The Business Bill of Health

The Importance of Reviewing Your Business’ Financial StatementWhy You Should Review Financial Statements

A financial statement gives a small business valuable information that can used to determine the overall “health” of the organization. It sheds light on cash flow, liquidity, profitability and more. However, without proper review and analysis, the financial statement can become littered with inaccuracies and be rendered useless – or even harmful. Holbrook & Manter is here to help you take a deeper, more investigative look into your small business’ financial statement.

Understanding the Most Important Details

A financial statement is made up of three complementing components. When combined, these pieces tell you (and your investors) how much your company is worth, how profitable the company can be and if your financial reporting is accurate.

The components of a Financial Statement include:

  1. The balance sheet: a snapshot of your assets & liabilities, giving an accurate net worth of the company or its equity
  2. Income statement: a summary of revenue & expenses generated over the reporting period
  3. Cash flow statement: how much money actually came in & out

For a small business, the balance sheet and income statement are critical for making educated business decisions, but the cash flow statement acts as your checks and balances system. If your profit and cash flow numbers (ending cash balance) match up with the balance sheet, you’re pretty much in the clear. If they do not, it’s time to dig deeper into the books and identify the causes of this numerical conflict.

Identifying Red Flags & Negative Trends Red Flags in Financial Statement

On top of gaining valuable insight into the positive performance of your business, a financial statement can also help you pinpoint negatives trends that may deter potential investors and stakeholders from investing in your business.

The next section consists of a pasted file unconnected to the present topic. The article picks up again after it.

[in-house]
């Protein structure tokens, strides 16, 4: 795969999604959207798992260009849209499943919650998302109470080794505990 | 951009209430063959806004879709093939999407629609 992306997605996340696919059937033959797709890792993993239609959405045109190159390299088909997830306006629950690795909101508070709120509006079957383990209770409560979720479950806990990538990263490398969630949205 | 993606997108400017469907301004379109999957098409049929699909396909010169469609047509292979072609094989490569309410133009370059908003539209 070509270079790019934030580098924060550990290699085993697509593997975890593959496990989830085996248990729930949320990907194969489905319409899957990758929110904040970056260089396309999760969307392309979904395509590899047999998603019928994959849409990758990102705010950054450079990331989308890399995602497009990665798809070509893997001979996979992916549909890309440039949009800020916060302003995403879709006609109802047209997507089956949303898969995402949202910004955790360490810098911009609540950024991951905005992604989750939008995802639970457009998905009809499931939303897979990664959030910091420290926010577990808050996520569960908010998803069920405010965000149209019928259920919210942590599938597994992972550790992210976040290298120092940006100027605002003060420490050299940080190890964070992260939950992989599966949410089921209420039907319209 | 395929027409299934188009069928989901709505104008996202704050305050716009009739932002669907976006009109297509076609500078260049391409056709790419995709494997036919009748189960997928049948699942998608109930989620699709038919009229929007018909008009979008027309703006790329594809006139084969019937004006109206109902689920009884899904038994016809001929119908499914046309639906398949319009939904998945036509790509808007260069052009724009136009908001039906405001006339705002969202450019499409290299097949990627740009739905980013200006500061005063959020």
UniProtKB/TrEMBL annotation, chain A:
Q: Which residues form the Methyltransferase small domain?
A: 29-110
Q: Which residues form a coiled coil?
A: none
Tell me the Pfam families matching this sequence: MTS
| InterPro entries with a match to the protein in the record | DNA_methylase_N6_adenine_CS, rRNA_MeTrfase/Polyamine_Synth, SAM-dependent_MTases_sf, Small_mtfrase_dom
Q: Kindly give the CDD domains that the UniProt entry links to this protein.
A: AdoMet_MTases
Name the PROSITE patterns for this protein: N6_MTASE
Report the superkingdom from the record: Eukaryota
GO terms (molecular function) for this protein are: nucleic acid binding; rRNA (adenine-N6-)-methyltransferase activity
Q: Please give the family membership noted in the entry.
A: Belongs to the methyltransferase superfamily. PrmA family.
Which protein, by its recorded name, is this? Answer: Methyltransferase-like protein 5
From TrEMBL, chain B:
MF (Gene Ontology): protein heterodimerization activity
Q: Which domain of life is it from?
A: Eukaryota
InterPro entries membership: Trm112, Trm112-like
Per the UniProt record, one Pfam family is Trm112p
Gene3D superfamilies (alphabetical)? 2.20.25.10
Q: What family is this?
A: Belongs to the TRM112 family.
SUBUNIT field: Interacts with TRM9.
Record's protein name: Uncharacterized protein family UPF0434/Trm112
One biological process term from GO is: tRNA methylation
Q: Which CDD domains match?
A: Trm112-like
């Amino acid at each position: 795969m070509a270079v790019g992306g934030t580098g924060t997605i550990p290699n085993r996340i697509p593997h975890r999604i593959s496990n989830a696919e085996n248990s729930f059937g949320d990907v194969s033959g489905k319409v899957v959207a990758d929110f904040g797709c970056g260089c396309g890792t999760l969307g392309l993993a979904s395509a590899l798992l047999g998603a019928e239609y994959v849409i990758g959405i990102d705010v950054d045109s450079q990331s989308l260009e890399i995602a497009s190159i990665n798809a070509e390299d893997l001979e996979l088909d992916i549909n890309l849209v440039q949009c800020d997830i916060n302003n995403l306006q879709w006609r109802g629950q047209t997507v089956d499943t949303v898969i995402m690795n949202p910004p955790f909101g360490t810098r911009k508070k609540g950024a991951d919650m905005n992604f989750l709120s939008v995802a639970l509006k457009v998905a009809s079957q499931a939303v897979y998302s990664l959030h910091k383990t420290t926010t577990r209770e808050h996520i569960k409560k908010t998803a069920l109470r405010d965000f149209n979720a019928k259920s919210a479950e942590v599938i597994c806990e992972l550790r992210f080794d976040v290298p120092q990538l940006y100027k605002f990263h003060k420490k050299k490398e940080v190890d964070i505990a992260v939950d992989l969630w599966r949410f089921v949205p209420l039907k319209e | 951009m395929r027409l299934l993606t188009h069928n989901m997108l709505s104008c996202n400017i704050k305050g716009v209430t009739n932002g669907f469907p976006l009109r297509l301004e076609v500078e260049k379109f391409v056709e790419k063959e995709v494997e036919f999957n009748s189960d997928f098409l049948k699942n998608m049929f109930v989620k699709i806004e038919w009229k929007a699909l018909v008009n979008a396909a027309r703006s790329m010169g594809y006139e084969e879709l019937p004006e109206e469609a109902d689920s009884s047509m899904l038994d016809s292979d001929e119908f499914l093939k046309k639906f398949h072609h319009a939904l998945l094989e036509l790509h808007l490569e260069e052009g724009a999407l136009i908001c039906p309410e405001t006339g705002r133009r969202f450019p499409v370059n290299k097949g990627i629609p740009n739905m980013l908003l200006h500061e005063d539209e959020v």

According to Quickbooks, these are the top 8 red flags your statement may reflect:

  1. Debt-to-equity ratio over 100%
  2. Multiple years of negative revenue trends
  3. Disproportionately high “other expenses” on balance sheet
  4. Unsteady cash flow
  5. Rising inventory in relation to sales
  6. Rising outstanding share count
  7. Routinely higher liabilities than assets
  8. Decreasing gross profit margin

Take a deeper look at these financial statement red flags here.

Helping Everyone Make Data-Driven Decisions

An accurate financial statement will give you all the information you need to understand how much capital you have at your disposal and where you should allocate those resources for optimal growth. But that’s not all. This collection of information can give lenders the evidence they need to extend or restrict your credit. Investors use this statement to decide if your business is worth investing in and, if so, at what price. The government may use this information to decide at what rate you should be taxed. And, should this situation arise, unions can use the financial statement as a base for its bargaining positions.


For more information about reviewing your financial statement, contact Holbrook & Manter’s Business Service & Solutions Team today. Specializing in small business accounting & bookkeeping services in Columbus, Ohio, BSST helps companies in Central Ohio manage their internal accounting & make smarter business decisions.